The Future of Gamepedia
Today, we have a big announcement. After nearly two years of working together to bring Fandom and Gamepedia wikis onto one platform, we will be starting to migrate all Gamepedia wikis to a Fandom.com domain in early 2021. There are a number of reasons for this, but one of the primary ones is to ensure that Gamepedia wikis and the hard work editors put into them continue to rank well in search results.
I know this is a big change, but that search result visibility makes it a necessary one. Over these two years, changes to Google’s algorithms—meaning, the secret sauce Google uses to determine how pages show up and rank in their search results—have negatively affected Gamepedia’s search engine optimization (SEO). This affects how readers, as well as future editors, find your wikis. On average, each change Google has made has reduced visibility for Gamepedia wikis by up to 10%, while boosting Fandom wikis by up to 18%. With an average of four changes per year, the total annual loss of visibility for Gamepedia wikis is staggering, making it harder for your content on Gamepedia to find an audience.
Migrating the domain is an action we are taking to resolve the risk, preempt future losses, recover some of that lost visibility, and then perhaps even grow the discoverability of your content on Gamepedia. To confirm the expected scope of the SEO impact, including its impact on incoming traffic, we will be doing a test migration of a few dozen wikis in a few weeks. For now this only impacts the domain, and is separate work to the design changes that will come in the next phase of the Unified Community Platform (UCP), some of which we’ll start to cover at the end of this announcement.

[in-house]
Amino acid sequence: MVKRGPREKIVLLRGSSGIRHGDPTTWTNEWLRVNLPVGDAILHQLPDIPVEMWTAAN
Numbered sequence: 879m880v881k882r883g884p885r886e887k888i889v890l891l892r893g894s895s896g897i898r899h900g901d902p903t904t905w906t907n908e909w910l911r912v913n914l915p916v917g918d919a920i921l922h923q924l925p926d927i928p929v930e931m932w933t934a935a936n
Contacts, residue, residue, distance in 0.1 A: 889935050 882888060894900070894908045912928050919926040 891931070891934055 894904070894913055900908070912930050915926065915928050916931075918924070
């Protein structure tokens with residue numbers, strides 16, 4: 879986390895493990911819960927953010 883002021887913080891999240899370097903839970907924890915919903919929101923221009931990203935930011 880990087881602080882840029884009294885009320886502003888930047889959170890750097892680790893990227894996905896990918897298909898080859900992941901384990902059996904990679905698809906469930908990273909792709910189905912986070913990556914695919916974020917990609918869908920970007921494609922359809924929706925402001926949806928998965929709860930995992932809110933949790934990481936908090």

We’ve been digging deep into the SEO of Fandom and Gamepedia over the last two years. SEO, as a reminder, is the process of improving the quality and quantity of traffic to web pages through search engine results. It is of vital importance for wikis, since 90% of overall wiki traffic comes from Google searches. Even before the merger of these two platforms, the Gamepedia team noticed that changes to Google’s search algorithm seemed to hurt Gamepedia wikis, while Fandom wikis did better. On average, each algorithm change results in a visibility decrease of up to 10% for Gamepedia wikis and a visibility increase of up to 18% for Fandom wikis.
The algorithm at Google is one they hold as a very closely guarded secret. How changes to it affect Fandom and Gamepedia wikis is not fully understood, but what we do know is that brand strength and domain unity can protect wikis from SEO drops and lead to SEO benefits. With these algorithm changes happening about 4 times a year, Gamepedia wikis could lose up to 40% search visibility in 2021 or gain up to 70% visibility by migrating to Fandom URLs. The initial migration tests will help us narrow down that number, become more exact over time, and understand the associated traffic impact. For context, with the Wikia.com to Fandom.com domain migrations in 2018, we saw the test communities begin to gain search authority and ranking within 8 weeks. That migration continues to undo the damage of Google’s major 2018 algorithm change, which disfavored the Wikia domain while favoring Fandom. It will take testing to know for sure, but we expect similar results for Gamepedia and Fandom domains.
You can see that illustrated in the graph on the right: